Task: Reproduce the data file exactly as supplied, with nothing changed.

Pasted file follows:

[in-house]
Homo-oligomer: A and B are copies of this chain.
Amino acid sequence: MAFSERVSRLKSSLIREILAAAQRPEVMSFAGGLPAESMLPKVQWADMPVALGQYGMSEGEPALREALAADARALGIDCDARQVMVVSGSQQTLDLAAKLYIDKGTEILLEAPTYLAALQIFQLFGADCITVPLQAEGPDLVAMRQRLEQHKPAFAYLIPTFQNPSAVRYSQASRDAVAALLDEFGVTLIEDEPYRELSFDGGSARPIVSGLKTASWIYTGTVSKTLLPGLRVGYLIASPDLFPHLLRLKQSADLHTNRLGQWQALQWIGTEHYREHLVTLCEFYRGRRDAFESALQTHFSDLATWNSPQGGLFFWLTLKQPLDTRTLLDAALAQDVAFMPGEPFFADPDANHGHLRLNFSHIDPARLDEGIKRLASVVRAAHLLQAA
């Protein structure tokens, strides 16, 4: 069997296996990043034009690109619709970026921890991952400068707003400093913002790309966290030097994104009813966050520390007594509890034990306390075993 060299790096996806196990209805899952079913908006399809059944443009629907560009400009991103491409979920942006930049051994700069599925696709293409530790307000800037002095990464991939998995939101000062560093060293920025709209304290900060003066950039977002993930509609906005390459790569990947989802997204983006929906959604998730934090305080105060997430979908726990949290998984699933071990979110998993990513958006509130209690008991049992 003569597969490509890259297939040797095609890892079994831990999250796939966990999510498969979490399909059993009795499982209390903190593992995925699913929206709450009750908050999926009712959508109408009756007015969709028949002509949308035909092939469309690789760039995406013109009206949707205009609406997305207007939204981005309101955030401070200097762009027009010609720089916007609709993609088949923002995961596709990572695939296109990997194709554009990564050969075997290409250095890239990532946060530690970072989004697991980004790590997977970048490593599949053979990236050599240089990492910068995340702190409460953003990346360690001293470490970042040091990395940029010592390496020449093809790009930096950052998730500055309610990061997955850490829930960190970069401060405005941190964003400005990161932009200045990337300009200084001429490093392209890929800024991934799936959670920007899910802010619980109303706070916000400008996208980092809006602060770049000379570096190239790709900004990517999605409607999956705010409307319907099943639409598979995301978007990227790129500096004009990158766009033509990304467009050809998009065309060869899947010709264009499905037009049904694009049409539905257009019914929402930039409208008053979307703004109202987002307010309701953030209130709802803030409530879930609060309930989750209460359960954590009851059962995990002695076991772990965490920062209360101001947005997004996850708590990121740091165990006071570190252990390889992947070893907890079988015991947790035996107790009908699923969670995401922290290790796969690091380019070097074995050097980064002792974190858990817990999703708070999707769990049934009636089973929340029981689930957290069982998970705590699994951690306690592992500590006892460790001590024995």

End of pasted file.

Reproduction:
[in-house]
Homo-oligomer: A and B are copies of this chain.
Amino acid sequence: MAFSERVSRLKSSLIREILAAAQRPEVMSFAGGLPAESMLPKVQWADMPVALGQYGMSEGEPALREALAADARALGIDCDARQVMVVSGSQQTLDLAAKLYIDKGTEILLEAPTYLAALQIFQLFGADCITVPLQAEGPDLVAMRQRLEQHKPAFAYLIPTFQNPSAVRYSQASRDAVAALLDEFGVTLIEDEPYRELSFDGGSARPIVSGLKTASWIYTGTVSKTLLPGLRVGYLIASPDLFPHLLRLKQSADLHTNRLGQWQALQWIGTEHYREHLVTLCEFYRGRRDAFESALQTHFSDLATWNSPQGGLFFWLTLKQPLDTRTLLDAALAQDVAFMPGEPFFADPDANHGHLRLNFSHIDPARLDEGIKRLASVVRAAHLLQAA
């Protein structure tokens, strides 16, 4: 069997296996990043034009690109619709970026921890991952400068707003400093913002790309966290030097994104009813966050520390007594509890034990306390075993 060299790096996806196990209805899952079913908006399809059944443009629907560009400009991103491409979920942006930049051994700069599925696709293409530790307000800037002095990464991939998995939101000062560093060293920025709209304290900060003066950039977002993930509609906005390459790569990947989802997204983006929906959604998730934090305080105060997430979908726990949290998984699933071990979110998993990513958006509130209690008991049992 003569597969490509890259297939040797095609890892079994831990999250796939966990999510498969979490399909059993009795499982209390903190593992995925699913929206709450009750908050999926009712959508109408009756007015969709028949002509949308035909092939469309690789760039995406013109009206949707205009609406997305207007939204981005309101955030401070200097762009027009010609720089916007609709993609088949923002995961596709990572695939296109990997194709554009990564050969075997290409250095890239990532946060530690970072989004697991980004790590997977970048490593599949053979990236050599240089990492910068995340702190409460953003990346360690001293470490970042040091990395940029010592390496020449093809790009930096950052998730500055309610990061997955850490829930960190970069401060405005941190964003400005990161932009200045990337300009200084001429490093392209890929800024991934799936959670920007899910802010619980109303706070916000400008996208980092809006602060770049000379570096190239790709900004990517999605409607999956705010409307319907099943639409598979995301978007990227790129500096004009990158766009033509990304467009050809998009065309060869899947010709264009499905037009049904694009049409539905257009019914929402930039409208008053979307703004109202987002307010309701953030209130709802803030409530879930609060309930989750209460359960954590009851059962995990002695076991772990965490920062209360101001947005997004996850708590990121740091165990006071570190252990390889992947070893907890079988015991947790035996107790009908699923969670995401922290290790796969690091380019070097074995050097980064002792974190858990817990999703708070999707769990049934009636089973929340029981689930957290069982998970705590699994951690306690592992500590006892460790001590024995």